The US Navy's latest Super Hornet contract is on hold due to rising costs.

Negotiations over the Navy’s latest batch of Super Hornets have stalled due to the rising price of the fourth-generation aircraft, USNI News has learned.

The contract for the Navy to buy the last 20 F/A-18 E/F Super Hornets from Boeing is deadlocked.

«The Navy continues to work with Boeing on the contract for the 20 Super Hornet aircraft added by Congress. “Ongoing negotiations cannot be discussed at this time,” Capt. Michael Burks, program manager for the F/A-18 and EA-18G office at Naval Air Systems Command, said in a statement.

In previous fiscal years, Congress approved and authorized about $1.15 billion, which, with the Navy’s estimate of $55.7 million per plan, means the service could purchase 20 Super Hornets.

“We are committed to ensuring warfighter readiness and supporting our US Navy customers. “We continue to work with the US Navy on a path forward,” a Boeing spokesperson said in an email.

But Boeing’s estimate for the Super Hornets has become more expensive, with the price approaching the cost of an F-35C, USNI News understands. In the latest contract for lots 15 to 17 with Lockheed Martin, the cost of an F-35C is about $102.1 million, Breaking Defense reported earlier this year.

Several years ago, the Navy sought to end the Super Hornet line early so that funding could be used to develop the Next Generation Air Dominance Program and other aviation needs. But Congress, concerned about previous problems with the F-35 Lightning II Joint Strike Fighter Program, added more Super Hornets in both fiscal year 2022 and fiscal year 2023.

«That contract was for 20 aircraft. There are not going to be 20 airplanes because it has taken us a long time to reach a final determination on that contract. The dollar number won’t be that big, but those plans have to be built,” Rep. Rob Wittman (R-Va.), vice chairman of the House Armed Services Committee and chairman of the House Armed Services subcommittee, said earlier this month. Air and ground tactical forces at the Defense Forum of the US Naval Institute in Washington.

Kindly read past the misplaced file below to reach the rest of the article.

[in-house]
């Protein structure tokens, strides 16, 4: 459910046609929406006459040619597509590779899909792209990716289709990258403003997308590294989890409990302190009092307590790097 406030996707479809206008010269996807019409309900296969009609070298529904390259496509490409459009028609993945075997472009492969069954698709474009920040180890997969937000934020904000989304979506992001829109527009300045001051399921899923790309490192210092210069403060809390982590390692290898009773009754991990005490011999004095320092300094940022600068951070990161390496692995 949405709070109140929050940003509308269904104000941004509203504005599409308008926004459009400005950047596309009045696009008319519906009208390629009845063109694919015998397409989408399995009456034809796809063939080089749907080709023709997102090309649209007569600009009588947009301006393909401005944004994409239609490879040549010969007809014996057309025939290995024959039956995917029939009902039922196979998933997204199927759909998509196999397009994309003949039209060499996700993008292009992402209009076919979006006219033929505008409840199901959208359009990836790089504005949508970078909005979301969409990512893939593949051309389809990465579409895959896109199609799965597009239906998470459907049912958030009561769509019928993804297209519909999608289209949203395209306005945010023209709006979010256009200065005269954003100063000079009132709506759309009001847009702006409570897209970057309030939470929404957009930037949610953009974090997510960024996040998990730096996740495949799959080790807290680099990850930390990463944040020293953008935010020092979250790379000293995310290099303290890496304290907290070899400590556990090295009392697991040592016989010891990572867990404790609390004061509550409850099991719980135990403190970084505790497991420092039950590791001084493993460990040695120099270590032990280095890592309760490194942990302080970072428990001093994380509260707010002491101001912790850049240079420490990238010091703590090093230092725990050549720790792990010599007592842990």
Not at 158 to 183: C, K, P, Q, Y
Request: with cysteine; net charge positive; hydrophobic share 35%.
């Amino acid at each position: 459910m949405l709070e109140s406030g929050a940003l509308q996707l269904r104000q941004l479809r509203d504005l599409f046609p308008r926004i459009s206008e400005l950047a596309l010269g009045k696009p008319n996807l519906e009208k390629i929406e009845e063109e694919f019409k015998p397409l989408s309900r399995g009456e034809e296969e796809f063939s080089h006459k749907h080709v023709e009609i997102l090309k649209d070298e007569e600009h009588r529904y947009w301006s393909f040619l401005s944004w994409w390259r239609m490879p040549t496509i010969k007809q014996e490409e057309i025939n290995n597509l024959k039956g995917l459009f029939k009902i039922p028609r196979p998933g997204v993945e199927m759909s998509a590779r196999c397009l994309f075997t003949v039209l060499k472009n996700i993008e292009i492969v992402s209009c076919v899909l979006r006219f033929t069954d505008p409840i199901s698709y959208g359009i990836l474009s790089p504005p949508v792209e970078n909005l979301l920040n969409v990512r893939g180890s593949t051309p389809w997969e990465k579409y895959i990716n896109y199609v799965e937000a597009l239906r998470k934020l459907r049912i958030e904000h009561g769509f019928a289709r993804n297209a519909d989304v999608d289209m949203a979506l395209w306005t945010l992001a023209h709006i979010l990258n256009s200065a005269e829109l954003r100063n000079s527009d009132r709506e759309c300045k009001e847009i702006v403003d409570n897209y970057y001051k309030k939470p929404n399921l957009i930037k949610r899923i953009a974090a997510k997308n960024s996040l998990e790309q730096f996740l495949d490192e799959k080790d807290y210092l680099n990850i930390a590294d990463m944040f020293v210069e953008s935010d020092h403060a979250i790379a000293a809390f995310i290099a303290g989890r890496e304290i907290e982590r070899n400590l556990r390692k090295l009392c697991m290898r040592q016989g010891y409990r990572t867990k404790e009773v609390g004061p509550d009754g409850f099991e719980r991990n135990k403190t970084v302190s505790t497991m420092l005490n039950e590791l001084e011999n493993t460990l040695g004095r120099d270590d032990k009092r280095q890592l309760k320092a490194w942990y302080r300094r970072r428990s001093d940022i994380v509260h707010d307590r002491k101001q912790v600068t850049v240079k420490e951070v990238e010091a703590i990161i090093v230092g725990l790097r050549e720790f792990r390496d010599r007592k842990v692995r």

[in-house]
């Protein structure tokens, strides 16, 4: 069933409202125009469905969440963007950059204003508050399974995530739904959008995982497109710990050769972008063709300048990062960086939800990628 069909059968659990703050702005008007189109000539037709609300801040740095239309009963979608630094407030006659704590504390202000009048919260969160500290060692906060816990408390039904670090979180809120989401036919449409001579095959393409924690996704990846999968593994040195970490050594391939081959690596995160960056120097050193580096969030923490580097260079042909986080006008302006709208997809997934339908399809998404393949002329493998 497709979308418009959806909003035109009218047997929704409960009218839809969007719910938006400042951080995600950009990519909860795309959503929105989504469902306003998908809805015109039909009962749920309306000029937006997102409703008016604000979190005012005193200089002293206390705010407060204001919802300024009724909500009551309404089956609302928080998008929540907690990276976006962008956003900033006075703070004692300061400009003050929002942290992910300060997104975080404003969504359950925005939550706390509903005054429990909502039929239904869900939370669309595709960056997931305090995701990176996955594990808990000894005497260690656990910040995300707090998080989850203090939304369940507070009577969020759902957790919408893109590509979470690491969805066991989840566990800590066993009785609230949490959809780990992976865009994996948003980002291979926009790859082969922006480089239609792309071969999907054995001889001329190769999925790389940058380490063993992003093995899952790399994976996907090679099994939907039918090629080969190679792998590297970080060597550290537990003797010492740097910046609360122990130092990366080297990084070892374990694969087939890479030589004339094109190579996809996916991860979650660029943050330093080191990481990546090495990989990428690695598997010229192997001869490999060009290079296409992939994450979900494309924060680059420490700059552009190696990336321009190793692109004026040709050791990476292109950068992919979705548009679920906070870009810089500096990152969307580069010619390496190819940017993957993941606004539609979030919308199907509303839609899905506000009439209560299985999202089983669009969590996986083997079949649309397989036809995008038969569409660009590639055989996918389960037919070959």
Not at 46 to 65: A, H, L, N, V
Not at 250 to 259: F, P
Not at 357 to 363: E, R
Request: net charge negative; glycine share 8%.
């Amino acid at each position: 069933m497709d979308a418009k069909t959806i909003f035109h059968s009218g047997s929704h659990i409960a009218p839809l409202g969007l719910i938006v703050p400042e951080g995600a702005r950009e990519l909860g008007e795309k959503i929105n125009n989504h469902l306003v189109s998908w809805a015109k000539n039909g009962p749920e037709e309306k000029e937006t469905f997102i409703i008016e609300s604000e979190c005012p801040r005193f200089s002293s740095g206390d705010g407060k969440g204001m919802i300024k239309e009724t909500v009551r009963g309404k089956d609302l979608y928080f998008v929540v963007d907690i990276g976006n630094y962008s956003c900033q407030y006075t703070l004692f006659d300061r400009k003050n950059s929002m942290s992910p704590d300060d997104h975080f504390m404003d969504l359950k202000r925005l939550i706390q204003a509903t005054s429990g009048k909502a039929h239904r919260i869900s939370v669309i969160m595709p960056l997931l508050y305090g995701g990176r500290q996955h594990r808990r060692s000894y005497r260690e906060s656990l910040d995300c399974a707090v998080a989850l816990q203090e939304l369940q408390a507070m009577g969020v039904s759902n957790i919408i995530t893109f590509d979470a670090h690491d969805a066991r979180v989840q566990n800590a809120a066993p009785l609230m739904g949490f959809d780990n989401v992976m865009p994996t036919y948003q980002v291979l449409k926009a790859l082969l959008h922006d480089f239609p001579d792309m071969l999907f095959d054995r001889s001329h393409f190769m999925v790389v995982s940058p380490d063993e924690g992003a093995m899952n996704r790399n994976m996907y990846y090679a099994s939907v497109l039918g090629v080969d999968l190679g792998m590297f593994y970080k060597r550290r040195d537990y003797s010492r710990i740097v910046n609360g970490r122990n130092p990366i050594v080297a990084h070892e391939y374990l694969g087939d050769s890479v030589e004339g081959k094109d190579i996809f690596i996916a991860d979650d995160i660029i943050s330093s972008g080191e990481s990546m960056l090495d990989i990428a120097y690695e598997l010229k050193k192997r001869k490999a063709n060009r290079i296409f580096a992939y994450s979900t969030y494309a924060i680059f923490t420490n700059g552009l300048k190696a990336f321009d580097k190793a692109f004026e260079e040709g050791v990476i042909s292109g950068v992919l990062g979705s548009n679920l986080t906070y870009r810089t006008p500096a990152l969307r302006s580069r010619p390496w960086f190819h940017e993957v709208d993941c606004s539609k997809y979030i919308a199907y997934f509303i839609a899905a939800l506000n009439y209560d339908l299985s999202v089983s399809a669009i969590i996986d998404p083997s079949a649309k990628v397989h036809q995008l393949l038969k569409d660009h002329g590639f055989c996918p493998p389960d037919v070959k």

The deadlock in negotiations comes at a time of difficulty for Boeing’s defense business. Defense sector losses in 2023 were higher than any other year between 2014 and 2021, Reuters reported in October.

In an interview this week, Wittman said that although the Navy and Boeing have made progress in negotiations on the technical data package, the high cost of the plane remains an issue.

«We know that throughout that period, there have been inflationary pressures. We’ve seen it all over the Pentagon. So that brings us to the point of a figure that would be less than 20 in the final purchase agreement,” Wittman said.

“The longer it goes on, the more problematic I think the situation will be,” he said of the negotiations.

The goal was for the additional 20 Super Hornets — 12 acquired in fiscal 2022 and eight in fiscal 2023 — to be delivered by the 2025 deadline, but due to ongoing contract negotiations, Wittman said that likely won’t be possible.

A few years ago, Navy officials questioned the viability of the Super Hornets and whether their aging airframe could withstand future threats until the 2050s when newer jets would still be flying.

The fourth-generation Super Hornets are based on the design of the McDonnell Douglas F/A-18 Hornet of the 1970s. When the Navy tried to end the Super Hornet line after fiscal year 2021, lawmakers saw a hot production line.

If the Navy wants to buy F-35Cs instead of the Super Hornets, the service would have to ask Congress to reprogram the money, Wittman said. Lawmakers added the Super Hornets because the F-35Cs weren’t being built fast enough at the time, but Wittman acknowledged that circumstances may have changed.

«We are not going to start it on our own. The reason Congress did the 20 was as a gap measure to make sure that we had these aircraft to keep these air wings fully operationally capable,” Wittman said.

Mallory Shelbourne